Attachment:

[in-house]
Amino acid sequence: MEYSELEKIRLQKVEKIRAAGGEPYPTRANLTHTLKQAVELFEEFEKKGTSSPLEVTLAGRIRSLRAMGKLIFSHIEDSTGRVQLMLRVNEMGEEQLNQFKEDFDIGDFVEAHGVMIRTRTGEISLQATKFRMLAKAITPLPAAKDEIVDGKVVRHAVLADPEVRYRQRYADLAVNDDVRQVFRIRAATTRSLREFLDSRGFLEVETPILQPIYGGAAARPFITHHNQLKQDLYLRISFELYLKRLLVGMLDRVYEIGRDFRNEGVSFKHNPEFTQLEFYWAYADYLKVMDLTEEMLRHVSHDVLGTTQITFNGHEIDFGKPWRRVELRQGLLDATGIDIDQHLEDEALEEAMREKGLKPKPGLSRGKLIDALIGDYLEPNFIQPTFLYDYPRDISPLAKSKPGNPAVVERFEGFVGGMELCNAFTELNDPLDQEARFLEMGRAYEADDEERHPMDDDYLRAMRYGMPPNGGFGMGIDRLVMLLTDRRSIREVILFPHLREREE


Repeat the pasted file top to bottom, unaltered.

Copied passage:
[in-house]
Amino acid sequence: MEYSELEKIRLQKVEKIRAAGGEPYPTRANLTHTLKQAVELFEEFEKKGTSSPLEVTLAGRIRSLRAMGKLIFSHIEDSTGRVQLMLRVNEMGEEQLNQFKEDFDIGDFVEAHGVMIRTRTGEISLQATKFRMLAKAITPLPAAKDEIVDGKVVRHAVLADPEVRYRQRYADLAVNDDVRQVFRIRAATTRSLREFLDSRGFLEVETPILQPIYGGAAARPFITHHNQLKQDLYLRISFELYLKRLLVGMLDRVYEIGRDFRNEGVSFKHNPEFTQLEFYWAYADYLKVMDLTEEMLRHVSHDVLGTTQITFNGHEIDFGKPWRRVELRQGLLDATGIDIDQHLEDEALEEAMREKGLKPKPGLSRGKLIDALIGDYLEPNFIQPTFLYDYPRDISPLAKSKPGNPAVVERFEGFVGGMELCNAFTELNDPLDQEARFLEMGRAYEADDEERHPMDDDYLRAMRYGMPPNGGFGMGIDRLVMLLTDRRSIREVILFPHLREREE